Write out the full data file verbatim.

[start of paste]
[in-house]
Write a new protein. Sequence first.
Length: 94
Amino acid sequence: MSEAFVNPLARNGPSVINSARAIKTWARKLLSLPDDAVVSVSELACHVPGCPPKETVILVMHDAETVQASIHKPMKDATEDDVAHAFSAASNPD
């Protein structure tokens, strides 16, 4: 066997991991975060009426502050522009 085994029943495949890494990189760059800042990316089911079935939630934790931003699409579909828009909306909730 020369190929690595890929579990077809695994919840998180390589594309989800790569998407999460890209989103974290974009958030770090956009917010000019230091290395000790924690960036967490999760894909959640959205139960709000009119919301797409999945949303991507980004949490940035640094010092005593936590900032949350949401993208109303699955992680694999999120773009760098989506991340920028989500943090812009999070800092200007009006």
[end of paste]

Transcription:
[in-house]
Write a new protein. Sequence first.
Length: 94
Amino acid sequence: MSEAFVNPLARNGPSVINSARAIKTWARKLLSLPDDAVVSVSELACHVPGCPPKETVILVMHDAETVQASIHKPMKDATEDDVAHAFSAASNPD
């Protein structure tokens, strides 16, 4: 066997991991975060009426502050522009 085994029943495949890494990189760059800042990316089911079935939630934790931003699409579909828009909306909730 020369190929690595890929579990077809695994919840998180390589594309989800790569998407999460890209989103974290974009958030770090956009917010000019230091290395000790924690960036967490999760894909959640959205139960709000009119919301797409999945949303991507980004949490940035640094010092005593936590900032949350949401993208109303699955992680694999999120773009760098989506991340920028989500943090812009999070800092200007009006």